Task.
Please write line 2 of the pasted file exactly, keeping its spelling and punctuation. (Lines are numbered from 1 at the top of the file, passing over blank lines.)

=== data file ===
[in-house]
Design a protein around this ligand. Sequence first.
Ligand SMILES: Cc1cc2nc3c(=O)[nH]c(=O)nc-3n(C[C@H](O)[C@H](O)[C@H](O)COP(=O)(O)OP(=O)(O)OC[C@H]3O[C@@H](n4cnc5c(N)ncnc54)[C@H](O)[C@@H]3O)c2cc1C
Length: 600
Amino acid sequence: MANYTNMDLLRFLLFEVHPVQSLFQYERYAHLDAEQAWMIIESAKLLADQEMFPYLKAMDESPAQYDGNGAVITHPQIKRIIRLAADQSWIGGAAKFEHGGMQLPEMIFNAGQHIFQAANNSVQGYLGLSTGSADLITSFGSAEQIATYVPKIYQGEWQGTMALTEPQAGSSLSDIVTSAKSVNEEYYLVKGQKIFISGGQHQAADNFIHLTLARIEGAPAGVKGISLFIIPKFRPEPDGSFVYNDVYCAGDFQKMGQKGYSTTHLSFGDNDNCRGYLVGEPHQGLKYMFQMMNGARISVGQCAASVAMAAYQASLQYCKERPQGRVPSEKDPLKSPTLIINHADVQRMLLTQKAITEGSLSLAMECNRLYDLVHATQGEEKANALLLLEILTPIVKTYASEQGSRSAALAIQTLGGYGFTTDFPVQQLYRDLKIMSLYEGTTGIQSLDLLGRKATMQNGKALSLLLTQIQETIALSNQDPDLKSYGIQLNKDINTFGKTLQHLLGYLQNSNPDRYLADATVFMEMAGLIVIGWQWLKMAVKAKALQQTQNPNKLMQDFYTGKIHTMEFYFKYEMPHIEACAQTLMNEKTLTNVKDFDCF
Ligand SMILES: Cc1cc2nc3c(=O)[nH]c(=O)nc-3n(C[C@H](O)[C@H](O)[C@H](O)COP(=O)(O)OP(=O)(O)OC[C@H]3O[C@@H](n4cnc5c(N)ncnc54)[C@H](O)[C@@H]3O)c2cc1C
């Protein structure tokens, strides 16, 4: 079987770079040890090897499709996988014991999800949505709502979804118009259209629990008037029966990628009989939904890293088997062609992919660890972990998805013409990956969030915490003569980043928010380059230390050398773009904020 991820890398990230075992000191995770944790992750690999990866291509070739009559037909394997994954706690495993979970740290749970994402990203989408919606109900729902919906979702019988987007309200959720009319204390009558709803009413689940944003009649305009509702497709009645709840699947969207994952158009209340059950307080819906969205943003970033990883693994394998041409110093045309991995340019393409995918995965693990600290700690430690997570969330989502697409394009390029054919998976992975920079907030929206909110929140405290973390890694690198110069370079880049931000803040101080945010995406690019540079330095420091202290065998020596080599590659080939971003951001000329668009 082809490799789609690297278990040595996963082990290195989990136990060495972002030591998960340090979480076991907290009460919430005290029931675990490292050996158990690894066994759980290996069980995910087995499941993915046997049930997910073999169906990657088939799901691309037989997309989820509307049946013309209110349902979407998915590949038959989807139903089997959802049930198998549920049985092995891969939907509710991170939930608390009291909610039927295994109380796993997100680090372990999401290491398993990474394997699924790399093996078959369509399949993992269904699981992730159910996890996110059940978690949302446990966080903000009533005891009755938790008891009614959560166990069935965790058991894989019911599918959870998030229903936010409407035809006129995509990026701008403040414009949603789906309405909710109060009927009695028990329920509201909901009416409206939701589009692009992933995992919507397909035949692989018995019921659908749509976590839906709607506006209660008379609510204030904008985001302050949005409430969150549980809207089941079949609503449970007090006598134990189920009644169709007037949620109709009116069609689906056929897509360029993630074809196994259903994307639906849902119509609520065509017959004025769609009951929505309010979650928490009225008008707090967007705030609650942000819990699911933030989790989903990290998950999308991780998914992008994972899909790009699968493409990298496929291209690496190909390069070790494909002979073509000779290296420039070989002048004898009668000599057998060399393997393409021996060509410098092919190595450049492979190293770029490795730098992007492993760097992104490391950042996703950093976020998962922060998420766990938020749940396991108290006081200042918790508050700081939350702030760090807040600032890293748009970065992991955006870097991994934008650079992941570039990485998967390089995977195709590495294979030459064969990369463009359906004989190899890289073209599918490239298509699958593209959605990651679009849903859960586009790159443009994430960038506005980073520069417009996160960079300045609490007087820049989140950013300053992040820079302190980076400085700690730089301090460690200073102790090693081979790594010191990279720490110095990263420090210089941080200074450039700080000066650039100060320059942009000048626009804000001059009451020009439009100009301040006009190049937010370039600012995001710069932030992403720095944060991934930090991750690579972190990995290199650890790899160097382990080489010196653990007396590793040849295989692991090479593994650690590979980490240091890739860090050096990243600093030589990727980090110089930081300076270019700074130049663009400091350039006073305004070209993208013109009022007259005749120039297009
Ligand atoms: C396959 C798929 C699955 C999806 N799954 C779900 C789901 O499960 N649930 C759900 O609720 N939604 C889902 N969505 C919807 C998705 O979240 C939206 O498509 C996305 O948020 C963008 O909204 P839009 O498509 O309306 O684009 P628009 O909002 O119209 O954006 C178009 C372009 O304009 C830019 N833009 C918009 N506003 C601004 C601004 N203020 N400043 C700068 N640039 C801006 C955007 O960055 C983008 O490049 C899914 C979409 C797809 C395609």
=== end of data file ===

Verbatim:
Design a protein around this ligand. Sequence first.